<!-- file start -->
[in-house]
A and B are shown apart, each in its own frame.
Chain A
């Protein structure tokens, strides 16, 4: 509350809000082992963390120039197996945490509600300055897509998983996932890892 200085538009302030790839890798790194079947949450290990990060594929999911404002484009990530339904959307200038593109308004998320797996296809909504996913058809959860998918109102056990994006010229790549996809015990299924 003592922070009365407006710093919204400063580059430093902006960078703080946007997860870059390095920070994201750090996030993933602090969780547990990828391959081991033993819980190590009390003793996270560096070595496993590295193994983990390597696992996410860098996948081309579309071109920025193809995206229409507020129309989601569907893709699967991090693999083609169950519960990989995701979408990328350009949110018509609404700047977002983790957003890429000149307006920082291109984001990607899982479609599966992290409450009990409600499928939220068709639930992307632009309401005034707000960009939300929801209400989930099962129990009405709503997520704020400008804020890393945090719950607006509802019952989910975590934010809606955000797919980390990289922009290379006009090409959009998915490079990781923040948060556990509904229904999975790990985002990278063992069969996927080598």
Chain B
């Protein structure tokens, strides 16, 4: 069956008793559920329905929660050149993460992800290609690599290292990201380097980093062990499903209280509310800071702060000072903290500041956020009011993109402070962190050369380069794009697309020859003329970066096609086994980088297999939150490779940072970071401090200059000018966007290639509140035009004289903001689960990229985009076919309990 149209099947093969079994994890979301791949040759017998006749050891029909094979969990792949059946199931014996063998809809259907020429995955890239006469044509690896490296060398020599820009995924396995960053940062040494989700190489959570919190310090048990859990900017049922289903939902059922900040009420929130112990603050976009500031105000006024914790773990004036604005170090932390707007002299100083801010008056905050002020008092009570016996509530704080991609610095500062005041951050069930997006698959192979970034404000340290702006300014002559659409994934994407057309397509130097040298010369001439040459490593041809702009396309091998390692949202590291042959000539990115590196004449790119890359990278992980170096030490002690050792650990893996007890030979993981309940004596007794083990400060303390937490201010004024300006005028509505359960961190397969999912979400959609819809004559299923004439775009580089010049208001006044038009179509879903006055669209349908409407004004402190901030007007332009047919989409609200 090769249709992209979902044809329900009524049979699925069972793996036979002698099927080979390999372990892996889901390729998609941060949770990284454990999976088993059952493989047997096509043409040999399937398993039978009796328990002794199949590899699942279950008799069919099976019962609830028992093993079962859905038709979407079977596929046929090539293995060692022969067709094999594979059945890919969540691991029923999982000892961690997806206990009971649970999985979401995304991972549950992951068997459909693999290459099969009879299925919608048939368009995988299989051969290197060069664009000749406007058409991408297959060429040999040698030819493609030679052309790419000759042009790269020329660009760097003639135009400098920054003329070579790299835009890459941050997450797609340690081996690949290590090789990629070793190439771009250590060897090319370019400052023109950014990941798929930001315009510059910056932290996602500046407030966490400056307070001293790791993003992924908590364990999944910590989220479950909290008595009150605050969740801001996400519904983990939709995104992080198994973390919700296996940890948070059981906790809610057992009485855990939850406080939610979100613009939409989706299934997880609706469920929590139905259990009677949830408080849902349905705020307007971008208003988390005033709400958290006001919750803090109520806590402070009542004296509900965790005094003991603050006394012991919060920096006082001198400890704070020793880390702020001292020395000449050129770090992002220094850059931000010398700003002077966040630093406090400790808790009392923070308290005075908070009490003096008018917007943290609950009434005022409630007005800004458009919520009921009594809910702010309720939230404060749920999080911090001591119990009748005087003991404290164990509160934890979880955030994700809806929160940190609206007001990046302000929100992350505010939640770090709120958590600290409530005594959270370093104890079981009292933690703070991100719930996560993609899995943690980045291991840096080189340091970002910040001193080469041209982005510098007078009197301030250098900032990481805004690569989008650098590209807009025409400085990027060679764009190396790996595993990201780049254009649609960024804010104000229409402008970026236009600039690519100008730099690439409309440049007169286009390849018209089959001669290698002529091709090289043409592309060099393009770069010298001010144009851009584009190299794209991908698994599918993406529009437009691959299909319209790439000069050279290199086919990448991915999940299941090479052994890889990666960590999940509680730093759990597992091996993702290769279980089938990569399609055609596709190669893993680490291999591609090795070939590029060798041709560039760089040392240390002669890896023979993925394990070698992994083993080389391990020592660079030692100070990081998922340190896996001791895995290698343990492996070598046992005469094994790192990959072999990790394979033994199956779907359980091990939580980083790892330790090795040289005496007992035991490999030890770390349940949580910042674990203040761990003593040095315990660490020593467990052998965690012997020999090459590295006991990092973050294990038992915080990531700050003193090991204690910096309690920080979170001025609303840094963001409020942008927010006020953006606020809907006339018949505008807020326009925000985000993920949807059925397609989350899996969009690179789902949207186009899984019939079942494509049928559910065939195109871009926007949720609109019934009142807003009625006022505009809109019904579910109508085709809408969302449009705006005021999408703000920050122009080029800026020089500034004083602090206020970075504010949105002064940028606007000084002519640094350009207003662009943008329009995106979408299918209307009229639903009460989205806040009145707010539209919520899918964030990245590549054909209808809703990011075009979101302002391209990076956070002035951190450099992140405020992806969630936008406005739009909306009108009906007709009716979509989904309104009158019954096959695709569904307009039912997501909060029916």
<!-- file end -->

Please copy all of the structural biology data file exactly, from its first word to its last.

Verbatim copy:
[in-house]
A and B are shown apart, each in its own frame.
Chain A
């Protein structure tokens, strides 16, 4: 509350809000082992963390120039197996945490509600300055897509998983996932890892 200085538009302030790839890798790194079947949450290990990060594929999911404002484009990530339904959307200038593109308004998320797996296809909504996913058809959860998918109102056990994006010229790549996809015990299924 003592922070009365407006710093919204400063580059430093902006960078703080946007997860870059390095920070994201750090996030993933602090969780547990990828391959081991033993819980190590009390003793996270560096070595496993590295193994983990390597696992996410860098996948081309579309071109920025193809995206229409507020129309989601569907893709699967991090693999083609169950519960990989995701979408990328350009949110018509609404700047977002983790957003890429000149307006920082291109984001990607899982479609599966992290409450009990409600499928939220068709639930992307632009309401005034707000960009939300929801209400989930099962129990009405709503997520704020400008804020890393945090719950607006509802019952989910975590934010809606955000797919980390990289922009290379006009090409959009998915490079990781923040948060556990509904229904999975790990985002990278063992069969996927080598």
Chain B
């Protein structure tokens, strides 16, 4: 069956008793559920329905929660050149993460992800290609690599290292990201380097980093062990499903209280509310800071702060000072903290500041956020009011993109402070962190050369380069794009697309020859003329970066096609086994980088297999939150490779940072970071401090200059000018966007290639509140035009004289903001689960990229985009076919309990 149209099947093969079994994890979301791949040759017998006749050891029909094979969990792949059946199931014996063998809809259907020429995955890239006469044509690896490296060398020599820009995924396995960053940062040494989700190489959570919190310090048990859990900017049922289903939902059922900040009420929130112990603050976009500031105000006024914790773990004036604005170090932390707007002299100083801010008056905050002020008092009570016996509530704080991609610095500062005041951050069930997006698959192979970034404000340290702006300014002559659409994934994407057309397509130097040298010369001439040459490593041809702009396309091998390692949202590291042959000539990115590196004449790119890359990278992980170096030490002690050792650990893996007890030979993981309940004596007794083990400060303390937490201010004024300006005028509505359960961190397969999912979400959609819809004559299923004439775009580089010049208001006044038009179509879903006055669209349908409407004004402190901030007007332009047919989409609200 090769249709992209979902044809329900009524049979699925069972793996036979002698099927080979390999372990892996889901390729998609941060949770990284454990999976088993059952493989047997096509043409040999399937398993039978009796328990002794199949590899699942279950008799069919099976019962609830028992093993079962859905038709979407079977596929046929090539293995060692022969067709094999594979059945890919969540691991029923999982000892961690997806206990009971649970999985979401995304991972549950992951068997459909693999290459099969009879299925919608048939368009995988299989051969290197060069664009000749406007058409991408297959060429040999040698030819493609030679052309790419000759042009790269020329660009760097003639135009400098920054003329070579790299835009890459941050997450797609340690081996690949290590090789990629070793190439771009250590060897090319370019400052023109950014990941798929930001315009510059910056932290996602500046407030966490400056307070001293790791993003992924908590364990999944910590989220479950909290008595009150605050969740801001996400519904983990939709995104992080198994973390919700296996940890948070059981906790809610057992009485855990939850406080939610979100613009939409989706299934997880609706469920929590139905259990009677949830408080849902349905705020307007971008208003988390005033709400958290006001919750803090109520806590402070009542004296509900965790005094003991603050006394012991919060920096006082001198400890704070020793880390702020001292020395000449050129770090992002220094850059931000010398700003002077966040630093406090400790808790009392923070308290005075908070009490003096008018917007943290609950009434005022409630007005800004458009919520009921009594809910702010309720939230404060749920999080911090001591119990009748005087003991404290164990509160934890979880955030994700809806929160940190609206007001990046302000929100992350505010939640770090709120958590600290409530005594959270370093104890079981009292933690703070991100719930996560993609899995943690980045291991840096080189340091970002910040001193080469041209982005510098007078009197301030250098900032990481805004690569989008650098590209807009025409400085990027060679764009190396790996595993990201780049254009649609960024804010104000229409402008970026236009600039690519100008730099690439409309440049007169286009390849018209089959001669290698002529091709090289043409592309060099393009770069010298001010144009851009584009190299794209991908698994599918993406529009437009691959299909319209790439000069050279290199086919990448991915999940299941090479052994890889990666960590999940509680730093759990597992091996993702290769279980089938990569399609055609596709190669893993680490291999591609090795070939590029060798041709560039760089040392240390002669890896023979993925394990070698992994083993080389391990020592660079030692100070990081998922340190896996001791895995290698343990492996070598046992005469094994790192990959072999990790394979033994199956779907359980091990939580980083790892330790090795040289005496007992035991490999030890770390349940949580910042674990203040761990003593040095315990660490020593467990052998965690012997020999090459590295006991990092973050294990038992915080990531700050003193090991204690910096309690920080979170001025609303840094963001409020942008927010006020953006606020809907006339018949505008807020326009925000985000993920949807059925397609989350899996969009690179789902949207186009899984019939079942494509049928559910065939195109871009926007949720609109019934009142807003009625006022505009809109019904579910109508085709809408969302449009705006005021999408703000920050122009080029800026020089500034004083602090206020970075504010949105002064940028606007000084002519640094350009207003662009943008329009995106979408299918209307009229639903009460989205806040009145707010539209919520899918964030990245590549054909209808809703990011075009979101302002391209990076956070002035951190450099992140405020992806969630936008406005739009909306009108009906007709009716979509989904309104009158019954096959695709569904307009039912997501909060029916």